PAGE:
"That is the woman who I love" should actually be "That is the woman whom I love."  Reading Greek we have to be ready for the fact that Greek will use all four cases for relative pronouns.  In English we still tend to use possessive relative pronouns (ie, whose) but we lump everything else together under "who" or "that" and ignore their case.  Greek, again, will use all four cases.  That said, Greek writers will also often get sloppy and the relative pronoun's case will "slide" to become like words around it instead of functioning like it shuld!
Lastly, participles in Greek take the case of the word which they modify; relative pronouns take the case of their function in the new sentence.  It can be easy to get these confused.

Wednesday, June 22, 2011

Matthew 10:40-42

This passage occurs as a RCL "Pentecost"/"Ordinary"/"Proper" Season, Year A, most recently June 2014. 

Summary:  Last week we heard the Great Commission:  Go therefore...  This week we hear the Least Commission:  We are sent to do small things to the least of these.

Key Words
αποστειλαντα ("send" aorist participle of αποστελλω 10:40)  Perhaps you might be familiar with the phrase or concept:  "The sending of the Trinity."  This idea develops out of verses like this one:  The Father sends the Son; who sends the Spirit; who, along with Jesus, sends the disciples.  This motif is most recognizable in John (John 3:16 for Father sending son; John 14:26 and 15:26 for the sending of the Spirit; John 20:21 for Jesus sending the disciples.).  Luke has a similiar phrase in 10:16:  "Whoever listens to you listens to me, and whoever rejects you rejects me, and whoever rejects me rejects the one who sent me" (This verse uses the same participle as Matthew 10:40; Mark 9:37 also is similar).  The point of these various Scripture citations is to show that Trinitiarian thinking is deeper in Matthew (and the other Gospels) than we often give credit.  Furthermore, one of the earliest ideas of the Trinity was this procession of sending.  It is also worth noting that even in Matthew's Gospel Jesus equates action with himself to action to God.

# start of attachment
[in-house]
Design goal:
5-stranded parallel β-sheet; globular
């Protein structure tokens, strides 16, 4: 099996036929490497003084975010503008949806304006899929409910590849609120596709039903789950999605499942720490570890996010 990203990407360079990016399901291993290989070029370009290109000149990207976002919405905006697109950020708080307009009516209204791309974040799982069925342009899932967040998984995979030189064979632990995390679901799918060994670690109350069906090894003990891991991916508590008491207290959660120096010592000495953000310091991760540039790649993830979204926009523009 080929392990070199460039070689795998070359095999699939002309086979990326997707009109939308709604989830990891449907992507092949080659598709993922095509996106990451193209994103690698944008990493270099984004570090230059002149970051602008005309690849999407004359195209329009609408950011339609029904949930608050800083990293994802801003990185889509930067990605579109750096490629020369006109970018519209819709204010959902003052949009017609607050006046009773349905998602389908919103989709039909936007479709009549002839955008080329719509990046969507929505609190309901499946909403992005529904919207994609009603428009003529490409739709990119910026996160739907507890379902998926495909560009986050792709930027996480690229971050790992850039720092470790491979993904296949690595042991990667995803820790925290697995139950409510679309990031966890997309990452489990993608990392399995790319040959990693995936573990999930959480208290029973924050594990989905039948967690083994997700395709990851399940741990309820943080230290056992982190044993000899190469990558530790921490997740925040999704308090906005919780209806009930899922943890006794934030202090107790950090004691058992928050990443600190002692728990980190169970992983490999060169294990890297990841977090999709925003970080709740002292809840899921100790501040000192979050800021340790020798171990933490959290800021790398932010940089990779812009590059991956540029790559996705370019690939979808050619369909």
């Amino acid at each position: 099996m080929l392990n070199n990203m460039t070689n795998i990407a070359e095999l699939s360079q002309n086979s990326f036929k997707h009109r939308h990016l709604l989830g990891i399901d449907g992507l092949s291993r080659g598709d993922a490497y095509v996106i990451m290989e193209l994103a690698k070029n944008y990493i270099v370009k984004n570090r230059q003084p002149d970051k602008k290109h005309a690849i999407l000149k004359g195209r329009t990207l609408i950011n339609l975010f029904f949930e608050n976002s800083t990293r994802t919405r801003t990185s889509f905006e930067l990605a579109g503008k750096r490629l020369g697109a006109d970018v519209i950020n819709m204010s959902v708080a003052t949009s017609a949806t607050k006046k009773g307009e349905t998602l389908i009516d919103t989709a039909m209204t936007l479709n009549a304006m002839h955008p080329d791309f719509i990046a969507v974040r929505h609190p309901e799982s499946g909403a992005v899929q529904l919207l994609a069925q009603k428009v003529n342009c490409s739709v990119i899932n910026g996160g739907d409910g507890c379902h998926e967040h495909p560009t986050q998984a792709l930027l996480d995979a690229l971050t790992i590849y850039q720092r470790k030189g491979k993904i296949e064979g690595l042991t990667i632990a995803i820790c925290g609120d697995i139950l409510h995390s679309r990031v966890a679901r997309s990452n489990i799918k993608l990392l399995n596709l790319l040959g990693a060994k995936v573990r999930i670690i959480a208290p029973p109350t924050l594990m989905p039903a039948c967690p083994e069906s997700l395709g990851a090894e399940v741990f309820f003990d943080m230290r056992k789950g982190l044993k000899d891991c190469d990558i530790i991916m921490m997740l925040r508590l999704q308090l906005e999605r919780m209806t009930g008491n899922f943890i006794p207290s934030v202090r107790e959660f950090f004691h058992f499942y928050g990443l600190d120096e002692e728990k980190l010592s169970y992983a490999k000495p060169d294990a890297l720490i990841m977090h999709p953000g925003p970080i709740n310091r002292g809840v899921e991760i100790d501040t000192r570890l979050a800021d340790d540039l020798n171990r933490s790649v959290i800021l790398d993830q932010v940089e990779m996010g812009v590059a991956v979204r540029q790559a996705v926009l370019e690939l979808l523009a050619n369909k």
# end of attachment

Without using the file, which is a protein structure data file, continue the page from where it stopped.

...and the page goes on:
This ties also back to Matthew 10:5 and the sending of the disciples by Jesus.
δεχομενος ("welcome" present participle of δεχομαι; 10:40).  This word can also mean accept (See Matt 18:5).  Instead of accepting Jesus, you need to accept your pastor, who stands in line of the apostles :-)

μισθος ("wages" or "reward" 10:41,42)  I am not sure what to make of it, but Matthew uses this word way more than the other Gospels.  I think it might reflect the fact that Matthew aims at the working class, who would be well aware of the reality of wages and rewards?  For the most part Matthew is telling others that they already have their reward or that they will not get theirs!  In this case though, Matthew has Jesus offer us a promise:  If you welcome a prophet, you get your reward; if you give a small cup of water, you also gain your reward.  The question remains, what is the reward?

προφητης ("prophet" 10:41)  Worth noting:  For Matthew, the notion of prophecy is very important; the word appears 34 times.  By comparison, in Mark the word only appears 5 times!  Luke 28; John 14. It is always worth remembering that connections to the OT are important for Matthew, but Luke doesn't leave them out!

μικρων ("least of these" from μικρος 10:42).  This phrase is often understood to mean "children."  This is because in Matthew 18 Jesus explicitly connects the phrase little ones with the word for children.  Also, Jesus says, "Who welcomes children, welcomes me" in all three synoptics.  So, it is probably a fair translation to say, "children" here.  However, I think that Matthew 25 and, "Do unto the least of these" is probably a fair direction for understanding this passage too.  Jesus is always concerned about the least in society, of which children are an example.  I'd rather leave the translation as the "least of these" instead of "children" to leave open this ambiguity.  As a side note, some manuscripts use the word "least" that is found in Matthew 25 (ελαχιστος).

Grammar Review:  ου μη
In Greek the strongest denial of a possibility is ου μη.  It probably best means "It ain't never ever gonna happen."  Whenever you see this, you can know the speaker is completely and totally sure about something.  In this case, we will never lose our reward when we give a cup of cold water to the least of these.